Have a 'NEAT' day

GOOD NEWS FOR KEEPING FIT AND FIGHTING DEPRESSION

Have you ever heard of NEAT? Too good to be true? Check out the research for yourself.

NON-EXERCISE ACTIVITY THERMOGENESIS.

This is a profound way of talking about living life in all the normal day to day activities and generating sufficient burn-up of calories to remain in form, bodily and mentally.

Technology replaces use of our body and worse still our mind. Under-exertion and over-nutrition is the result, as we eat more than we need to keep our inactive life-style ticking over. Bluntly speaking, lazy bodies and lazy minds. Recent research is coming up with some remarkable discoveries. Using our bodies in productive activities throughout the day maintains good mental and bodily health. Little beesties called telomeres are part of the secret.

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The good news is that by doing as much as you can with your bodies and minds, you will slow down the inevitable degeneration of your mental and physical powers. Make a decision to do as much as you can for yourself and do it with maximum effort. Walk wherever and whenever you can. 15 minutes of brisk walking staves off cravings for chocolates, alcohol and cigarettes. It also brings a great deal of satisfaction and a growing sense of freedom.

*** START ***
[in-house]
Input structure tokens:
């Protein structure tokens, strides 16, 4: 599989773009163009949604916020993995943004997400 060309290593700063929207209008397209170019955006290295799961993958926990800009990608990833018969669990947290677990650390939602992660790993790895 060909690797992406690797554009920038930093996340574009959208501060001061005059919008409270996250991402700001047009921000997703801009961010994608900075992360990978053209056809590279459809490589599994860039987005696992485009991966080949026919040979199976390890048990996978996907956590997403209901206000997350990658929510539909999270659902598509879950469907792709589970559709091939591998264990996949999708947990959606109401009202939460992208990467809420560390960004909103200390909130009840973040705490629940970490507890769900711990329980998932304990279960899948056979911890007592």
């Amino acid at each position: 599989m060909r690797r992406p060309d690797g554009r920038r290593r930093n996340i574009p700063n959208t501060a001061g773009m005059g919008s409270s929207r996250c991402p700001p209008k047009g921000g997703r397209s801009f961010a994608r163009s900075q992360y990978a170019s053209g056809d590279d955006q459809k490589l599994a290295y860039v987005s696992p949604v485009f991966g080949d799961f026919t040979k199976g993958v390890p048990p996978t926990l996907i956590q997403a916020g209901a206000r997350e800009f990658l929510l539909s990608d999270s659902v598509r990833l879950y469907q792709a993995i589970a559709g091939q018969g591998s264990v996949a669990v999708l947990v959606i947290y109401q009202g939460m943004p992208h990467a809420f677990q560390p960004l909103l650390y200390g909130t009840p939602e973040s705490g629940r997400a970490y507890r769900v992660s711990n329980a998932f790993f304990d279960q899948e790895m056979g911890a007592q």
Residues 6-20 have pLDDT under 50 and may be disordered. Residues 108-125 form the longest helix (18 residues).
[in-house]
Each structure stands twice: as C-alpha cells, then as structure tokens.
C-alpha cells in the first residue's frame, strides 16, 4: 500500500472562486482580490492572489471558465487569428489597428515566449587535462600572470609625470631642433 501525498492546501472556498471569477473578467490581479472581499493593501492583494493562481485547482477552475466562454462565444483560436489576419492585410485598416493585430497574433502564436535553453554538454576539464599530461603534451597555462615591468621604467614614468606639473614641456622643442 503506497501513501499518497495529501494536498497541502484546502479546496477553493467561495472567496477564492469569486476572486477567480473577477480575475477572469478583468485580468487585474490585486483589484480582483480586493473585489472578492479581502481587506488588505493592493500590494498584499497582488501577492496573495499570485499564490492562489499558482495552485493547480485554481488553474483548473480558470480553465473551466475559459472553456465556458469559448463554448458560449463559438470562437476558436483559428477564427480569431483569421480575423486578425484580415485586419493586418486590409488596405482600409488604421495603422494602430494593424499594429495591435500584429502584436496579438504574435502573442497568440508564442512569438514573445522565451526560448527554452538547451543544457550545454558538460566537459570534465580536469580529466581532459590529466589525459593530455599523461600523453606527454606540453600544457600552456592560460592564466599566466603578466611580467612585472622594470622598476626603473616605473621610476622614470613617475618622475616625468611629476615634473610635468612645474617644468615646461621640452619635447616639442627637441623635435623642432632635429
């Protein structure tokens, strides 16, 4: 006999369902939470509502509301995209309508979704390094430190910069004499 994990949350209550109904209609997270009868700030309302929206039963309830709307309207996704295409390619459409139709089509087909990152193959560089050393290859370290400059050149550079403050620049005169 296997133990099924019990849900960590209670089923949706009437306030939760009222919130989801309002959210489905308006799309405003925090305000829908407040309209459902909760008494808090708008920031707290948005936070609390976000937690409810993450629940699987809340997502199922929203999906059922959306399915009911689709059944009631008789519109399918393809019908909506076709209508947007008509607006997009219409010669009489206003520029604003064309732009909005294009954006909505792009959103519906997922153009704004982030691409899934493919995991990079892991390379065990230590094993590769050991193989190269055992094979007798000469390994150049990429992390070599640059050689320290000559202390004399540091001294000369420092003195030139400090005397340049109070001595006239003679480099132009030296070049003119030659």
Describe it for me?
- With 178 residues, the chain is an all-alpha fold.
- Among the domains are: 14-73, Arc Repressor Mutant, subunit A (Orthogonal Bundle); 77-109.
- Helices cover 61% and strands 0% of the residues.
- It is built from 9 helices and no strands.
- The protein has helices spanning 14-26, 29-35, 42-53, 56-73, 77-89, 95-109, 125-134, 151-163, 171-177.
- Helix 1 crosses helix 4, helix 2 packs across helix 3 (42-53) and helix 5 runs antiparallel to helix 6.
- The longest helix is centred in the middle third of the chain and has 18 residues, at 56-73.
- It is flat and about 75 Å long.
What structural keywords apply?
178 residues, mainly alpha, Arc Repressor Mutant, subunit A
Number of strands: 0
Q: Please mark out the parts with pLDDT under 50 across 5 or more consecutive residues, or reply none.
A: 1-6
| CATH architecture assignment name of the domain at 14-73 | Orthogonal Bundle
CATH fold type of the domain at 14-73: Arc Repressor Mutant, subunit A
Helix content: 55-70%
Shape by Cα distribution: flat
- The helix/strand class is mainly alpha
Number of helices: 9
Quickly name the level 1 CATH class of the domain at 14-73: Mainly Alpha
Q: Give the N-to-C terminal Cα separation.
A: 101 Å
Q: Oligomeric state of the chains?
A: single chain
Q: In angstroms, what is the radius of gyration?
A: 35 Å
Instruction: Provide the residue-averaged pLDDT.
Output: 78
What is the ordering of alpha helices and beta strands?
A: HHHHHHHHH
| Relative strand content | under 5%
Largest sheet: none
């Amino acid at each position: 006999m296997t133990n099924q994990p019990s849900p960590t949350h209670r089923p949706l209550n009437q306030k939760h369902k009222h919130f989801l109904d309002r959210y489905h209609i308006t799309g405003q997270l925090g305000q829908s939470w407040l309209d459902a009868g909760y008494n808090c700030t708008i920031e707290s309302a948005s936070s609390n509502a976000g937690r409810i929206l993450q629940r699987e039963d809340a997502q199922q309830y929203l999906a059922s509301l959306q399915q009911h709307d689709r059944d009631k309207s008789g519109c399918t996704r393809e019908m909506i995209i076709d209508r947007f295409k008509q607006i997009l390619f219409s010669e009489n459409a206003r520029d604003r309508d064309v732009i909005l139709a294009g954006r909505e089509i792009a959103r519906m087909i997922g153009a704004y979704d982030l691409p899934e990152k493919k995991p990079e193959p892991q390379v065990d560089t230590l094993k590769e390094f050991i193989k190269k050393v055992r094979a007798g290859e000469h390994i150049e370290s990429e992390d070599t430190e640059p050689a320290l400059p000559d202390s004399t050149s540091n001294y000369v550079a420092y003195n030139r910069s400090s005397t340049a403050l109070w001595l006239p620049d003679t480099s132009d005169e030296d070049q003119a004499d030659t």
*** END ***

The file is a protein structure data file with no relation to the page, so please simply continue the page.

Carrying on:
Cleaning the bath is good for your back and really using elbow grease to clean the windows is all to the good. House work can be a workout that costs you nothing. To our surprise, brain scans show that using our hands to achieve a goal is one of the best antidotes to depression. Make a pact with yourself to eat only those dishes and sweets you yourself have produced. You'll trim your budget as well as your figure, and achieve a real sense of satisfaction. 

Make a point of making each day as NEAT as possible. It gives meaning to all you do and acts as an incentive to do more.

A life-style consultant specialising in problem eating, says that our bodies no longer produce anything so we turn our attention to the body itself and work endlessly on it, instead of making it work for us.

Chief Medical Officer for Scotland, Dr Harry Burns put it like this: 'There is no substitute for sweaty labour’.

We are more ‘sick of life’ than sick. Here is a simple chance to save our bodies as well as our sanity. Let the recession trim our fat away and prevent ‘nation sedation’.

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